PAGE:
After reading a post on the Freakonomics blog, I decided to do a bit of research:

If you are in the United States, you probably remember participating in the Decennial Census in 2010. These forms are kept confidential for 72 years—roughly an average American’s life span. But this same rule means that today (actually, a couple of days ago), the 1940 Census results became public information. The good folks at the National Archives have scanned all of these census forms, and put them all online. With a bit of work, you should be able to find your house—or if you are in a newer neighborhood, perhaps a neighboring house.

It took me a few hours to make my way through the National Archives site before I hit on useful information. It turns out that their site really only likes Internet Exlorer. Blegh. Of course, not that you can find that listed on their website anywhere. If you’re looking to do the same research I did, I’d recommend checking out this Unified 1940 Census ED Finder. I didn’t find it until I completed my research, but it would have saved me a lot of time.

According to the National Archives 1940s Census, where I live now was Enumeration District 1-106 of Washington, DC. Once I figured out my enumeration district, I was able to find a map (click through for the full size version).

According to the map I live on block 28 of that Enumeration District. The census rolls confirm it:

Now the fun work began, trying to find who lived at my address in 1940. As it turns out, my exact address, 1616 doesn’t seem to have existed back then, but the neighboring address 1618 did exist, and that’s close enough for me.

The building I found was the 281st and 283rd building visited by the Census Bureau on April 1st 1935, and was marked down as R meaning rented.

1940s Census Records

From what I can tell, the only permanent resident with significant information filled out was Mary Louise Lucas, a 28 year old white single woman from West Virginia. Mary was educated through the 4th grade. At the time, she worked as a Stenographer for the Reconstruction Finance Corporation – an agency of the Federal Government created in 1932 that made loans to “banks, railroads, mortgage associations and other businesses”. She worked all 52 weeks of the year in 1939, and was paid a grand total of $1680. WolframAlpha tells us that she would have earned $27,730 in 2012 US Dollars based on the Consumer Price Index.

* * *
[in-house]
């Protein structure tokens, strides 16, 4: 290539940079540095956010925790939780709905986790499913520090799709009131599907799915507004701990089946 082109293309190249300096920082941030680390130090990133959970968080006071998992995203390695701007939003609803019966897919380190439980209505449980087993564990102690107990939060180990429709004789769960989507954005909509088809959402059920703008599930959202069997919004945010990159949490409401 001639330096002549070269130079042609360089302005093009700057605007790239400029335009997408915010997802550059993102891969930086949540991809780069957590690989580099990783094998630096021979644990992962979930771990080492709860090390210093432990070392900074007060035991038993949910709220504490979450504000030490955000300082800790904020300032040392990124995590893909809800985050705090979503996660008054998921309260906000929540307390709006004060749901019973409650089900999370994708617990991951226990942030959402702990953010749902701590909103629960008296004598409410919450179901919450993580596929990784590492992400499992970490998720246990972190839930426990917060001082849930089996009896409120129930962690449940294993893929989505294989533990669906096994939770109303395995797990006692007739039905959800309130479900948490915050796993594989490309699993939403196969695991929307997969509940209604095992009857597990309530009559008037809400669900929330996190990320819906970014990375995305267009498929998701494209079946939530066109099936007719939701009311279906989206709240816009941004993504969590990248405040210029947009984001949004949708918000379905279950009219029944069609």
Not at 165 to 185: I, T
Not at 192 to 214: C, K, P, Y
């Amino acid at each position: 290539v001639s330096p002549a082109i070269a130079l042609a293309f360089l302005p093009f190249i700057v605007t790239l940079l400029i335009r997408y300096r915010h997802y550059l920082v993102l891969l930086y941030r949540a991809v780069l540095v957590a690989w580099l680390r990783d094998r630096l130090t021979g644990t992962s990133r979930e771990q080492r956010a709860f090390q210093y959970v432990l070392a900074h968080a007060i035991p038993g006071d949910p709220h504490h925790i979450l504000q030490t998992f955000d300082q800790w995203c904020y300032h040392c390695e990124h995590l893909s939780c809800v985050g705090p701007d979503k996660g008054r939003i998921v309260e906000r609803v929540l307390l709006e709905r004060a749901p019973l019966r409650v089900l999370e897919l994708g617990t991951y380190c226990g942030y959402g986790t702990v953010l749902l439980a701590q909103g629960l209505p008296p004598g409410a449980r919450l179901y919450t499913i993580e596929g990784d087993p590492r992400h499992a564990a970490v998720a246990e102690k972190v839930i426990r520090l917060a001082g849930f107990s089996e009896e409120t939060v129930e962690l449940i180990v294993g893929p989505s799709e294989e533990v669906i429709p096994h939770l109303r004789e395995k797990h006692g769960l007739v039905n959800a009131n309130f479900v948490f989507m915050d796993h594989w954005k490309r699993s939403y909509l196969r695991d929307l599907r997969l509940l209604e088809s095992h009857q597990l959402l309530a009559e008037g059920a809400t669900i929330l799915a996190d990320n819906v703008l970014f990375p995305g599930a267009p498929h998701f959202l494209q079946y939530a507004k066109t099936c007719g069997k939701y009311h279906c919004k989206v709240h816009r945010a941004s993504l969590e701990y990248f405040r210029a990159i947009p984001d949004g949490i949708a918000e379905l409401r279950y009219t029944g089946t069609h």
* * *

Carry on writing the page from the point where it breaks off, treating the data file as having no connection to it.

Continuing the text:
Many of the rest of the residents were logers, only one of whom gave information other than their name and age:

All of the residents in the building were white – and it seems that all the nearby buildings were segregated by race as well. While it’s hardly scientific, it’s interesting to see what 1940s race relations might have been like simply by reading through the occupations of residents in nearby buildings.

The listed occupations of white logers of a neighboring building are along the lines of secretary, economist, and attorney, working mostly in various government offices.

Nearby African American residents’ occupations ranged from typist and domestic to post office clerk. Sadly, even the highest wage on the list below, that of a binder at the Government Printing Office, was lower than any of the wages from above list.

It was a fascinating project for the evening, and I highly recommend taking a look through the archives to see what your block was like over 70 years ago.